Between anchor Dan Harris and correspondent John Cochran, the derogatory charge by Blair critics that he was Bush's "poodle" was mentioned three times.

While Cochran described the label as "perhaps unfair," when the report concluded, Harris, after having already mentioned the "poodle" insult once as he introduced the story, followed up by remarking, "Potentially no more poodle."

3. CNN Promotes 'Generation Chicken Hawk' Attack on College Repubs Five hours apart on Sunday night, CNN aired lengthy segments on a left-winger's Web video attack on College Republicans, "Generation Chicken Hawk," for supporting the Iraq war while they fail to serve in the armed forces. But CNN refused to properly label Max Blumenthal's ideology or far-left credentials.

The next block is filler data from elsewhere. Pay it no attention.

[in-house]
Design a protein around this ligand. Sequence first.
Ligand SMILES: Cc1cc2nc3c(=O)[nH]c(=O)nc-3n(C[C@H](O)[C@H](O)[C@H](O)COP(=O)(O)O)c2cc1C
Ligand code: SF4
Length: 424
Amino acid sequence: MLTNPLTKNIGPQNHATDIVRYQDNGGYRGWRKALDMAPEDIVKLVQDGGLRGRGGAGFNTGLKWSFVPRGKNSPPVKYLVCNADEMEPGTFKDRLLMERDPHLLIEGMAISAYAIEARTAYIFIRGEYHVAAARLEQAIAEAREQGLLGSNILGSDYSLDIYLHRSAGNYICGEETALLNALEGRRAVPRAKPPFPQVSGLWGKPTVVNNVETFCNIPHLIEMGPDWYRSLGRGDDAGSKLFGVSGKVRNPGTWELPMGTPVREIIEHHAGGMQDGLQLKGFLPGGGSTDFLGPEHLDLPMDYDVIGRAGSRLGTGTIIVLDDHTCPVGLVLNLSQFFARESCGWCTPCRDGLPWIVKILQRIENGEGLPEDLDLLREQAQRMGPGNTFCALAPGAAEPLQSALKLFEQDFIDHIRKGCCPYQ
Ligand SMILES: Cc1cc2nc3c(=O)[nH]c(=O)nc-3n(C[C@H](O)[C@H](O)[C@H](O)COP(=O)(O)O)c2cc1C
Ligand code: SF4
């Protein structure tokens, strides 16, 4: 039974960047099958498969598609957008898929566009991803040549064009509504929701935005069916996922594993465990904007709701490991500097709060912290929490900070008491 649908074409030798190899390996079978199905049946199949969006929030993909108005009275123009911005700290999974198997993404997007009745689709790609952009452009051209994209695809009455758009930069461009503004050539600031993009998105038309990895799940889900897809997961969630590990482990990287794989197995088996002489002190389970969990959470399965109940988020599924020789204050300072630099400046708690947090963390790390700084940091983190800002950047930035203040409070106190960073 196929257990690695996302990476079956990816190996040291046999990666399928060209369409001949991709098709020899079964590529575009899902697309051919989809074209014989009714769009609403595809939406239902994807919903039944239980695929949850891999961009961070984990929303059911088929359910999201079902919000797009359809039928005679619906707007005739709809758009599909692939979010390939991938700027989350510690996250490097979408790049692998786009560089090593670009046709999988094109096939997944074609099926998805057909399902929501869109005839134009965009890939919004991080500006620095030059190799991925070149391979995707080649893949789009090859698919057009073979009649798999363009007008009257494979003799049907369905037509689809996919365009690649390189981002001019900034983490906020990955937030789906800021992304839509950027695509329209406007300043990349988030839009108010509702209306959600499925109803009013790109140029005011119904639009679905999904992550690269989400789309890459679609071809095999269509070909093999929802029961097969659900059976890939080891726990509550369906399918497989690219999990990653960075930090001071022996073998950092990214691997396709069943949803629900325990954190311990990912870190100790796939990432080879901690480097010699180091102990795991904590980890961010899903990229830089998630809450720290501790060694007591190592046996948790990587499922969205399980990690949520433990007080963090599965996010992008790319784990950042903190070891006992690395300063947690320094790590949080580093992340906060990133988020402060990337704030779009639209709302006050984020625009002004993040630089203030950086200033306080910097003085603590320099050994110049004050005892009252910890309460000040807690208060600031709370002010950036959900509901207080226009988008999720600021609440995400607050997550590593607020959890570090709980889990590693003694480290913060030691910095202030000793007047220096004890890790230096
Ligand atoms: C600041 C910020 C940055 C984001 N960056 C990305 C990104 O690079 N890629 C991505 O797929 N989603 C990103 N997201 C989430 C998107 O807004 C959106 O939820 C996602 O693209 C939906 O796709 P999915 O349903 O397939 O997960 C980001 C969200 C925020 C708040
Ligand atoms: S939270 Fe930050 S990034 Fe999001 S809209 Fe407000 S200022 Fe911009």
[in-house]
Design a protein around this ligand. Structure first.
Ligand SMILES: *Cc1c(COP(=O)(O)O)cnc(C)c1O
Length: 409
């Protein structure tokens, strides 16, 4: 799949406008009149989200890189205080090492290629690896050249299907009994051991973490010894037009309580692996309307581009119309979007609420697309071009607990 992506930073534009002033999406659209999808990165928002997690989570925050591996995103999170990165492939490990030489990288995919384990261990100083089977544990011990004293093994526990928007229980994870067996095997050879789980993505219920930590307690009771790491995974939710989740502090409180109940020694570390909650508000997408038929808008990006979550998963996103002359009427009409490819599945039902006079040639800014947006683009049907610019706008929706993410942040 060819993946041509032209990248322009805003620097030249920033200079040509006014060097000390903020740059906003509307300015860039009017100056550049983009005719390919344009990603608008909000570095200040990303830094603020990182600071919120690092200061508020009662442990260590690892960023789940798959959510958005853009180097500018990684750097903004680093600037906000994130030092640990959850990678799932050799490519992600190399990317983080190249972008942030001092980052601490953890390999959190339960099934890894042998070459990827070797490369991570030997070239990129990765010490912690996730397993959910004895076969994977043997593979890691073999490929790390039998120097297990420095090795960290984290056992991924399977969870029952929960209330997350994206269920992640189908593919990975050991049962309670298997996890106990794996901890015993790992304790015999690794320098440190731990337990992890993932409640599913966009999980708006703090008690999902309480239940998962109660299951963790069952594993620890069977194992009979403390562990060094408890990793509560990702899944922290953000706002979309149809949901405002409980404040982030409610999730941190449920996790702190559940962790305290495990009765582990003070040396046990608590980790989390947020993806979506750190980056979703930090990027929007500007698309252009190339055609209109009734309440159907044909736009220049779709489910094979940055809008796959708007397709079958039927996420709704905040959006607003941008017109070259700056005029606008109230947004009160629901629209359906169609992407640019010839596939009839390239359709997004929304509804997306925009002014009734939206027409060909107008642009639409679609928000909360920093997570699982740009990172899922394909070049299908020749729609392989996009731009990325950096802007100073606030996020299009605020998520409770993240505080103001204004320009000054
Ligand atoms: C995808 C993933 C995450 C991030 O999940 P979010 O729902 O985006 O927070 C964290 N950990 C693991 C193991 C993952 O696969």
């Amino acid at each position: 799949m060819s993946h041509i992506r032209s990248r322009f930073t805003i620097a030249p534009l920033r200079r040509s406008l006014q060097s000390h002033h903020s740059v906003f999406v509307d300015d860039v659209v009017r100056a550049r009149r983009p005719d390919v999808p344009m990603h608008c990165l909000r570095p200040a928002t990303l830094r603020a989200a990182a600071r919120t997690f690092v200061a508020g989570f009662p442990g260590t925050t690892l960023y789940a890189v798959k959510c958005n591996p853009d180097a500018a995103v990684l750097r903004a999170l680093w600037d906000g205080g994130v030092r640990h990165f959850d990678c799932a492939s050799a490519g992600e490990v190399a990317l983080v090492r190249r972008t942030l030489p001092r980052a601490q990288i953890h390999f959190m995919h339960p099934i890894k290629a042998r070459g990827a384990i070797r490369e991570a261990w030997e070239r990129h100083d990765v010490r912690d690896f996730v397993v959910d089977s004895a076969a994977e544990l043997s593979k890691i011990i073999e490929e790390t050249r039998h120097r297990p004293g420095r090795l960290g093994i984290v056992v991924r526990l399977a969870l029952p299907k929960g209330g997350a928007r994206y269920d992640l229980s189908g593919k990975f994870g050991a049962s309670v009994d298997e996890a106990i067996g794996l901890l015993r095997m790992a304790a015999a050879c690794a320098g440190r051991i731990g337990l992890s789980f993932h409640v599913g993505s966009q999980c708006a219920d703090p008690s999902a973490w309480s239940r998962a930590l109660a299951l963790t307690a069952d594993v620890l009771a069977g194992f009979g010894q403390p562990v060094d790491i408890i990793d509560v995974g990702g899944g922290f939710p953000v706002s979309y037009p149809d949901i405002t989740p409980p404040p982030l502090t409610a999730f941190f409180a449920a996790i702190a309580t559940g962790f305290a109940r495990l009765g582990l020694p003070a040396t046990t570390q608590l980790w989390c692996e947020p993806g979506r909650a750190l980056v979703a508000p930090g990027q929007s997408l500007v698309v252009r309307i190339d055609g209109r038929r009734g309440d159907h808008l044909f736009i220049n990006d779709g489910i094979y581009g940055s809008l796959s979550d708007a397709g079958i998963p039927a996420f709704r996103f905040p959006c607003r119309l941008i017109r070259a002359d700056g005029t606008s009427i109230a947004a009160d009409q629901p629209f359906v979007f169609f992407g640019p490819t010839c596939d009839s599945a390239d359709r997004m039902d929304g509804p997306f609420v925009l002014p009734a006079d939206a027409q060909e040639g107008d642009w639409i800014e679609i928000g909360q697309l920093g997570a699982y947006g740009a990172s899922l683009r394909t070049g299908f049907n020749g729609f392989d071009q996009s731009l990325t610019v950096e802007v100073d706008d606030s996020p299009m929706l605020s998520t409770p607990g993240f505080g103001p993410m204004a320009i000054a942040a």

Anchor Rick Sanchez set up the story: "A writer, opposed to the Iraq war, goes to a national meeting of College Republicans, and creates a video that's fueling a hot political debate over the Web. He says that he's exposing the quote, 'hypocrisy of a group of young people who are behind the war, but won't put their own lives on the line when it comes to the war.'" In the second airing, Sanchez made clear he agreed with the left-winger: "As you watch these guys -- and I think most people at home would agree -- there seems to be a certain hypocritical nature to this. I mean, they're so boastful when they talk about supporting the war, and yet sheepish when it comes to actually doing something about it." Sanchez also saw something even more nefarious: "They're young upstarts. But is there a sense that this is the kind of organization that makes the Karl Roves of the world?"

4. CBS Uses Child to Paint Bush as Heartless Over Spending on Cops Another example of how journalists equate federal spending with caring, on Saturday's Early Show, CBS news reader Jeff Glor used a seven-year-old's letter to portray President Bush as criminally uncaring for planning to veto a bill to spend more federal money to pay for local police officers.